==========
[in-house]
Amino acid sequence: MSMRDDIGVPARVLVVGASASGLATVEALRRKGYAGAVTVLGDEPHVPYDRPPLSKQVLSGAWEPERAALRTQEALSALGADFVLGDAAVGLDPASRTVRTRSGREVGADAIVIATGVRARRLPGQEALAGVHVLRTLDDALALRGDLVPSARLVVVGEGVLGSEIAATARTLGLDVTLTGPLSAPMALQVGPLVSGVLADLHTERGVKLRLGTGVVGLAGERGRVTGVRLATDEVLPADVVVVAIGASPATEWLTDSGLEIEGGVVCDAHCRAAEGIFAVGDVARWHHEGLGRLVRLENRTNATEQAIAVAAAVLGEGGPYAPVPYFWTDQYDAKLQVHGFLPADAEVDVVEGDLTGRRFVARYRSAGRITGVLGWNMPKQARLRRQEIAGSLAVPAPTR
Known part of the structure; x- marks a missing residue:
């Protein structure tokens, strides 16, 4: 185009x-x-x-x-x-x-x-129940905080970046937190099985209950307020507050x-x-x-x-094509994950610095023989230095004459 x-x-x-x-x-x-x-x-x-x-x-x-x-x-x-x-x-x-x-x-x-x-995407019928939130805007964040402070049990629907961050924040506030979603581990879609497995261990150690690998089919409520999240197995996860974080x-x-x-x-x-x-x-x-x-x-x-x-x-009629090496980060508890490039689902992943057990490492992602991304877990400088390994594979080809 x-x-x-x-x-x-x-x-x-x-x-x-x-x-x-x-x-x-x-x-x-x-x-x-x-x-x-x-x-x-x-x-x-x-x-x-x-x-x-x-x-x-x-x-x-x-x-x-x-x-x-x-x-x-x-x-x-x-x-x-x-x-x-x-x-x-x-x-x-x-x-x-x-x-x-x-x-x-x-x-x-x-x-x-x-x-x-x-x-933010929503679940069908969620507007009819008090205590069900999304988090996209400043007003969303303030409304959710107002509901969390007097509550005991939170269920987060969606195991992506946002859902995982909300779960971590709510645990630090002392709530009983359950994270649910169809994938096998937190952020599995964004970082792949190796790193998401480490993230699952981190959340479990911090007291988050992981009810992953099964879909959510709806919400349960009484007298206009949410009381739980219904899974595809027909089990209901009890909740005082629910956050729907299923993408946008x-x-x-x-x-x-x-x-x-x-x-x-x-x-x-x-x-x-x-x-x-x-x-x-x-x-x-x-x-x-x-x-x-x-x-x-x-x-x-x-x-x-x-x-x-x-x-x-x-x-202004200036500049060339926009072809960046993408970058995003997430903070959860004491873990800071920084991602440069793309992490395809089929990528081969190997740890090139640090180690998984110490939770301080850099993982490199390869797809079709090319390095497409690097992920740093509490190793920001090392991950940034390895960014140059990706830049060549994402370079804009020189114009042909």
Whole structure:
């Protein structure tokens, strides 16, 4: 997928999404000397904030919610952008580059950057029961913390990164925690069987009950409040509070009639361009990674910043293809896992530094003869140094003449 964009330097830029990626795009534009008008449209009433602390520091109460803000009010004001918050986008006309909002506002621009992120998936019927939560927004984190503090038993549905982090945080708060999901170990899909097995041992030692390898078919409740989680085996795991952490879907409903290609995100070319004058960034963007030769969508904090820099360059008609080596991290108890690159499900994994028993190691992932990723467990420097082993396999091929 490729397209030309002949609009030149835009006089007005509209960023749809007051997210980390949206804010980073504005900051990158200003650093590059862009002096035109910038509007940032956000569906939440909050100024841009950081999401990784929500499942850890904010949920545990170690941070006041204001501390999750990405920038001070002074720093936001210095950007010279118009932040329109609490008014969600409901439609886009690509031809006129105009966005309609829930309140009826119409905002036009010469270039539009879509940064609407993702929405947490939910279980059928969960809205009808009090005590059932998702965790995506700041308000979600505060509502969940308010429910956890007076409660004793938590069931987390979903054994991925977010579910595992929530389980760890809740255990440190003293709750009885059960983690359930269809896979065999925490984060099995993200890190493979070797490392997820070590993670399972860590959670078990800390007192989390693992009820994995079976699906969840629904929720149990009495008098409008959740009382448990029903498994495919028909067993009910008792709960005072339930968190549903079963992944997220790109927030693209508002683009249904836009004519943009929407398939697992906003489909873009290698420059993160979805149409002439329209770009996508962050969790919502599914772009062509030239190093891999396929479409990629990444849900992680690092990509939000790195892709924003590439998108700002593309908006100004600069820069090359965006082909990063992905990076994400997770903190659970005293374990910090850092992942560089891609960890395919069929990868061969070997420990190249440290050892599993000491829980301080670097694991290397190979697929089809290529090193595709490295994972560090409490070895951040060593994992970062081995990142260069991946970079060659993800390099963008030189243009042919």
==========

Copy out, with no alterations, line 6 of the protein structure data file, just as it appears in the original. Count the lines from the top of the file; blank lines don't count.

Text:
């Protein structure tokens, strides 16, 4: 997928999404000397904030919610952008580059950057029961913390990164925690069987009950409040509070009639361009990674910043293809896992530094003869140094003449 964009330097830029990626795009534009008008449209009433602390520091109460803000009010004001918050986008006309909002506002621009992120998936019927939560927004984190503090038993549905982090945080708060999901170990899909097995041992030692390898078919409740989680085996795991952490879907409903290609995100070319004058960034963007030769969508904090820099360059008609080596991290108890690159499900994994028993190691992932990723467990420097082993396999091929 490729397209030309002949609009030149835009006089007005509209960023749809007051997210980390949206804010980073504005900051990158200003650093590059862009002096035109910038509007940032956000569906939440909050100024841009950081999401990784929500499942850890904010949920545990170690941070006041204001501390999750990405920038001070002074720093936001210095950007010279118009932040329109609490008014969600409901439609886009690509031809006129105009966005309609829930309140009826119409905002036009010469270039539009879509940064609407993702929405947490939910279980059928969960809205009808009090005590059932998702965790995506700041308000979600505060509502969940308010429910956890007076409660004793938590069931987390979903054994991925977010579910595992929530389980760890809740255990440190003293709750009885059960983690359930269809896979065999925490984060099995993200890190493979070797490392997820070590993670399972860590959670078990800390007192989390693992009820994995079976699906969840629904929720149990009495008098409008959740009382448990029903498994495919028909067993009910008792709960005072339930968190549903079963992944997220790109927030693209508002683009249904836009004519943009929407398939697992906003489909873009290698420059993160979805149409002439329209770009996508962050969790919502599914772009062509030239190093891999396929479409990629990444849900992680690092990509939000790195892709924003590439998108700002593309908006100004600069820069090359965006082909990063992905990076994400997770903190659970005293374990910090850092992942560089891609960890395919069929990868061969070997420990190249440290050892599993000491829980301080670097694991290397190979697929089809290529090193595709490295994972560090409490070895951040060593994992970062081995990142260069991946970079060659993800390099963008030189243009042919």